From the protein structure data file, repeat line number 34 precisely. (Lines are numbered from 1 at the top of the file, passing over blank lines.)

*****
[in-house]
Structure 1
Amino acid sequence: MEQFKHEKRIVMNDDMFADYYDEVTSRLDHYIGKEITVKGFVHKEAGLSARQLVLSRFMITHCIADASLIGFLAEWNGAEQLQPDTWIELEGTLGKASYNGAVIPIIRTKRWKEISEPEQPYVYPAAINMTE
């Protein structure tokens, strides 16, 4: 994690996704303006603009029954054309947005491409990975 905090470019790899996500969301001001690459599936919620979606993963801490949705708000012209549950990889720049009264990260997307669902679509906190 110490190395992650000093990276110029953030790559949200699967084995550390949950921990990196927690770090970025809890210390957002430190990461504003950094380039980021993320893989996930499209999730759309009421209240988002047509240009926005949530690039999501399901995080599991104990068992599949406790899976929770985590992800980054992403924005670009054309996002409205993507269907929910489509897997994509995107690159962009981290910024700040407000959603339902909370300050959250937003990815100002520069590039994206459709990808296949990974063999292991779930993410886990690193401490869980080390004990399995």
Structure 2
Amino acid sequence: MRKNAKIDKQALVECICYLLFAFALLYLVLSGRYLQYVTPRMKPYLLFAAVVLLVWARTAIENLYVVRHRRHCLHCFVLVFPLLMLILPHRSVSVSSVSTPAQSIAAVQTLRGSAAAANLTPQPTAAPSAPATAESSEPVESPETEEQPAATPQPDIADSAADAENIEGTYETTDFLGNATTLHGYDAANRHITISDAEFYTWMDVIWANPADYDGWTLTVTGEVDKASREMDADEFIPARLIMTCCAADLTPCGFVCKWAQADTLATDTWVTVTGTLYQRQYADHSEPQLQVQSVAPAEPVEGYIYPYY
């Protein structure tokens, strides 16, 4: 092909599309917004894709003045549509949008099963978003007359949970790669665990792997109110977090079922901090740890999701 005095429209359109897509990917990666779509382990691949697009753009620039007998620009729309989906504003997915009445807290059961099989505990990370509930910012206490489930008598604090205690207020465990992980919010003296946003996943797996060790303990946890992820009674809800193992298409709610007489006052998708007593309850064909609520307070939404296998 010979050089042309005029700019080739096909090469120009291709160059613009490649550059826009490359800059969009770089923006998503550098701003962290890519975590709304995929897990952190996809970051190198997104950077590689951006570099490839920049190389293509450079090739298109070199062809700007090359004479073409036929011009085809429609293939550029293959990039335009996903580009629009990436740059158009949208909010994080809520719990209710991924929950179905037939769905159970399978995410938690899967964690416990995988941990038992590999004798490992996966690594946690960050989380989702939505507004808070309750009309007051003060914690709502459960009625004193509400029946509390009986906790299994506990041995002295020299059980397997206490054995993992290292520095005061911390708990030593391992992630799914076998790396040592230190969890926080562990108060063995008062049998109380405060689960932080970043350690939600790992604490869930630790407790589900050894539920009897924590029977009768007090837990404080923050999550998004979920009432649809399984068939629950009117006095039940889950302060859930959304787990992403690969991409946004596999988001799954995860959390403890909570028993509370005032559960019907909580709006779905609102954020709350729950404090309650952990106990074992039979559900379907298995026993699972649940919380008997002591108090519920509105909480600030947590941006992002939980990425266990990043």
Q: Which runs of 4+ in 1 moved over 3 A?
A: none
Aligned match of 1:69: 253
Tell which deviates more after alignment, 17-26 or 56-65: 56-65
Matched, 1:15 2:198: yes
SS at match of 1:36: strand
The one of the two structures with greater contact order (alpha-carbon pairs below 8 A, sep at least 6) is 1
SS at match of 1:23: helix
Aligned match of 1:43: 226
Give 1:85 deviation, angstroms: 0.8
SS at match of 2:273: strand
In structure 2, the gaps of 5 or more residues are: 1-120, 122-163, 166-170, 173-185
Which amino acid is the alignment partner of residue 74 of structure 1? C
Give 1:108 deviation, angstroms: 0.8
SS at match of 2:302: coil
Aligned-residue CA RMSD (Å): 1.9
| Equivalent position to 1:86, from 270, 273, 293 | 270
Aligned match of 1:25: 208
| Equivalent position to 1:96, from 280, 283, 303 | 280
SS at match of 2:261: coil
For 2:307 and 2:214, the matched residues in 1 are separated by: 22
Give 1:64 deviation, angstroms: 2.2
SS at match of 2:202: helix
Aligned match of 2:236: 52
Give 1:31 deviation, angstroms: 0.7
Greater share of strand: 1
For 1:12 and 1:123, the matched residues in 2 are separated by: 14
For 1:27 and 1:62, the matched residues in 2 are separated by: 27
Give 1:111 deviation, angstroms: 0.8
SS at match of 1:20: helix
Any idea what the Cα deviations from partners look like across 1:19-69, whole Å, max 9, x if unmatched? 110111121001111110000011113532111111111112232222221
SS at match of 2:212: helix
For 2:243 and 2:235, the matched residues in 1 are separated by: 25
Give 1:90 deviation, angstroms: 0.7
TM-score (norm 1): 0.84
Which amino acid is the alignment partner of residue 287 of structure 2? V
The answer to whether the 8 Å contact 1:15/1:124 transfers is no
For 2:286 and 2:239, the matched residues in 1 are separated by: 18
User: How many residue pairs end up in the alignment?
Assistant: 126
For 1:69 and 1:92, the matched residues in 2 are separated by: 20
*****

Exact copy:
For 1:12 and 1:123, the matched residues in 2 are separated by: 14